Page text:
I’ve heard that you can prevent HIV with [insert here]
There are lots of urban rumours about ways that you can protect yourself from HIV – from showering after sex or taking the contraceptive pill to having sex with a virgin. In reality, if you are having sex the only methods of HIV prevention which will protect you from HIV are condoms or pre-exposure prophylaxis (PrEP).
Can herbal medicine cure HIV?
Some people choose to take alternative forms of medicine, such as herbal remedies, as a natural way of treating HIV. However, herbal remedies do not work.
What’s more, taking herbal medicines can be dangerous as they will not protect your immune system from infection and may interact poorly with ARVs if you are taking them alongside treatment. The only way you can stay healthy when living with HIV is to take antiretroviral treatment as prescribed by your doctor or healthcare worker, and to attend viral load monitoring appointments to make sure they are working for you.
If I get infected fluid from an HIV-positive person into my body will I definitely get HIV?
No, HIV is not always passed on from an infected person. There are lots of reasons why this is the case. For example, if the HIV-positive person is on treatment it will reduce the amount of HIV in their body meaning it is unlikely to be passed on.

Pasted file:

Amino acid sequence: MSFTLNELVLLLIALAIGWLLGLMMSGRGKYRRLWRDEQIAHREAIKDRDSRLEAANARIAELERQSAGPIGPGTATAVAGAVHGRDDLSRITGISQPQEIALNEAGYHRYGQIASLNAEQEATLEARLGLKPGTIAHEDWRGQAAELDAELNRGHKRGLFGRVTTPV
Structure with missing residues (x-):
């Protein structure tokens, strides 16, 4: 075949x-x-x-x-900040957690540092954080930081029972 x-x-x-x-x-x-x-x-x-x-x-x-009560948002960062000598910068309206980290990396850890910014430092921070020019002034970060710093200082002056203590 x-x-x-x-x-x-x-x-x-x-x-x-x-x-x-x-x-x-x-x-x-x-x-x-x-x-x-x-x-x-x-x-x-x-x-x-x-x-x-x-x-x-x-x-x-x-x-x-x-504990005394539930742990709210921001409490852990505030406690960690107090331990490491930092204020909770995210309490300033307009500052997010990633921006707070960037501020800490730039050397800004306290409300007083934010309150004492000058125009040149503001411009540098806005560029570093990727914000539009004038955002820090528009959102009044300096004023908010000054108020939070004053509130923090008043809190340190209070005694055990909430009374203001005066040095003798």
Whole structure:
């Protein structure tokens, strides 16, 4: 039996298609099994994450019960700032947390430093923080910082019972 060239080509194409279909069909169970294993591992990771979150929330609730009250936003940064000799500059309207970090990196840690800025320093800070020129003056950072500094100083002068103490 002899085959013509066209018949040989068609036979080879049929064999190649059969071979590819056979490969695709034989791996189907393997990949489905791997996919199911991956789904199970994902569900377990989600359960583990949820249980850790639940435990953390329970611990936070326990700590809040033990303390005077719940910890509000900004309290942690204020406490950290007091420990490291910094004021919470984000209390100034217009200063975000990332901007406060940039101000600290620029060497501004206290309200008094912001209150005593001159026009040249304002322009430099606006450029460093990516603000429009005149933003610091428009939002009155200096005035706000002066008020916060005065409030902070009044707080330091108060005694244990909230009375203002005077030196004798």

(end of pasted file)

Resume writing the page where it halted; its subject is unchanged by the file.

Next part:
If you’re concerned that you’ve taken an HIV risk you may be eligible to take post-exposure prophylaxis (PEP), which stops the virus from becoming an infection. However it’s not available everywhere and has to be taken within 72 hours to be effective.
It’s really important to always take a HIV test if you think you have been at risk of HIV.
Isn’t HIV only a risk for certain groups of people?
Like most illnesses, HIV doesn’t discriminate between types of people and the infection can be passed on to anyone via one of the ways mentioned above.
Some people are more vulnerable to HIV infection if they engage regularly in certain activities (e.g. injecting drugs) that are more likely to transmit the virus. However, it’s a common misunderstanding that HIV only affects certain groups.
While not everyone has the same level of HIV risk, everyone can reduce their risk of infection.
I’m HIV-positive and so is my partner so we don’t have to worry about HIV do we?
There are many strains of the HIV virus. If you and your partner are living with HIV you still need to protect each other from additional HIV infections. If you get infected with two or more strains of HIV it can cause problems for your treatment.
If you are on effective treatment and a medical professional has confirmed your viral load is undetectable, you will not pass HIV on through sex.
It’s easy to tell the symptoms of HIV…
The symptoms of HIV can differ from person-to-person and some people may not get any symptoms at all. Without treatment, the virus will get worse over time and damage your immune system. There are three stages of HIV infection with different possible effects.
You also cannot tell by looking at someone if they have HIV. Many people don't show signs of any symptoms. And, for people living with HIV who are on effective treatment, they are just as likely to be as healthy as everyone else.